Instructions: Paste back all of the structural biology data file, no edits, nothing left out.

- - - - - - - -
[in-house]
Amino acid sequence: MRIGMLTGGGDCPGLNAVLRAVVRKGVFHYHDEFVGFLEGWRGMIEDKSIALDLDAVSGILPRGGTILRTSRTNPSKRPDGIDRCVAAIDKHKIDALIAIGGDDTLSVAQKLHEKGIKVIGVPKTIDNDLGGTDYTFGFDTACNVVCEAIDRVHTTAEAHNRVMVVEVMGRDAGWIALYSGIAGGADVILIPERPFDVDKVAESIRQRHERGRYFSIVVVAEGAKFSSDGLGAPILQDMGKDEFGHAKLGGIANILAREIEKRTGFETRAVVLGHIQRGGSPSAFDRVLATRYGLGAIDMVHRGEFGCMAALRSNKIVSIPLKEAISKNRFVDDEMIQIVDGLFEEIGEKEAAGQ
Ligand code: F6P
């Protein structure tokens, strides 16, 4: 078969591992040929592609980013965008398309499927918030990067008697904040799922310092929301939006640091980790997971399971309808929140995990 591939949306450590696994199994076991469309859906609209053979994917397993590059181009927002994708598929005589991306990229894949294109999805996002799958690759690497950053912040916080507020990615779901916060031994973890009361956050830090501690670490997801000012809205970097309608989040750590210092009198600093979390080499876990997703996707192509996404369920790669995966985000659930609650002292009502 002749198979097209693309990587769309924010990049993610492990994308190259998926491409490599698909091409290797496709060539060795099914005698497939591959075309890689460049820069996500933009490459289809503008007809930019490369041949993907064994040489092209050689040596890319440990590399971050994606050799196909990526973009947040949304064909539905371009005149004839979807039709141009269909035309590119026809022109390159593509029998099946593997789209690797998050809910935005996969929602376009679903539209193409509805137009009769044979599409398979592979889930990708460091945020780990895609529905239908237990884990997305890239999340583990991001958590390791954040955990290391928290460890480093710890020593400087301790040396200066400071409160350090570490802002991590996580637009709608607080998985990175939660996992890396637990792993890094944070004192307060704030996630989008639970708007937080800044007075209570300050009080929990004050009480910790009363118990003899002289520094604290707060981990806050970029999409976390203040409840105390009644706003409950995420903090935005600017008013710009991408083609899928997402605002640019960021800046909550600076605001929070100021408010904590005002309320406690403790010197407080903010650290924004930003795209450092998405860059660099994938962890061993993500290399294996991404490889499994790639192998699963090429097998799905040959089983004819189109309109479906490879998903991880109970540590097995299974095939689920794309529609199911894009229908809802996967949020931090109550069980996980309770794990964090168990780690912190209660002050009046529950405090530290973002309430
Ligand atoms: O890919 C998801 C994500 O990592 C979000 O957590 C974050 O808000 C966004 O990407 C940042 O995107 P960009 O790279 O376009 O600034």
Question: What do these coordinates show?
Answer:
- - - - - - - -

[in-house]
Amino acid sequence: MRIGMLTGGGDCPGLNAVLRAVVRKGVFHYHDEFVGFLEGWRGMIEDKSIALDLDAVSGILPRGGTILRTSRTNPSKRPDGIDRCVAAIDKHKIDALIAIGGDDTLSVAQKLHEKGIKVIGVPKTIDNDLGGTDYTFGFDTACNVVCEAIDRVHTTAEAHNRVMVVEVMGRDAGWIALYSGIAGGADVILIPERPFDVDKVAESIRQRHERGRYFSIVVVAEGAKFSSDGLGAPILQDMGKDEFGHAKLGGIANILAREIEKRTGFETRAVVLGHIQRGGSPSAFDRVLATRYGLGAIDMVHRGEFGCMAALRSNKIVSIPLKEAISKNRFVDDEMIQIVDGLFEEIGEKEAAGQ
Ligand code: F6P
């Protein structure tokens, strides 16, 4: 078969591992040929592609980013965008398309499927918030990067008697904040799922310092929301939006640091980790997971399971309808929140995990 591939949306450590696994199994076991469309859906609209053979994917397993590059181009927002994708598929005589991306990229894949294109999805996002799958690759690497950053912040916080507020990615779901916060031994973890009361956050830090501690670490997801000012809205970097309608989040750590210092009198600093979390080499876990997703996707192509996404369920790669995966985000659930609650002292009502 002749198979097209693309990587769309924010990049993610492990994308190259998926491409490599698909091409290797496709060539060795099914005698497939591959075309890689460049820069996500933009490459289809503008007809930019490369041949993907064994040489092209050689040596890319440990590399971050994606050799196909990526973009947040949304064909539905371009005149004839979807039709141009269909035309590119026809022109390159593509029998099946593997789209690797998050809910935005996969929602376009679903539209193409509805137009009769044979599409398979592979889930990708460091945020780990895609529905239908237990884990997305890239999340583990991001958590390791954040955990290391928290460890480093710890020593400087301790040396200066400071409160350090570490802002991590996580637009709608607080998985990175939660996992890396637990792993890094944070004192307060704030996630989008639970708007937080800044007075209570300050009080929990004050009480910790009363118990003899002289520094604290707060981990806050970029999409976390203040409840105390009644706003409950995420903090935005600017008013710009991408083609899928997402605002640019960021800046909550600076605001929070100021408010904590005002309320406690403790010197407080903010650290924004930003795209450092998405860059660099994938962890061993993500290399294996991404490889499994790639192998699963090429097998799905040959089983004819189109309109479906490879998903991880109970540590097995299974095939689920794309529609199911894009229908809802996967949020931090109550069980996980309770794990964090168990780690912190209660002050009046529950405090530290973002309430
Ligand atoms: O890919 C998801 C994500 O990592 C979000 O957590 C974050 O808000 C966004 O990407 C940042 O995107 P960009 O790279 O376009 O600034």
Question: What do these coordinates show?
Answer: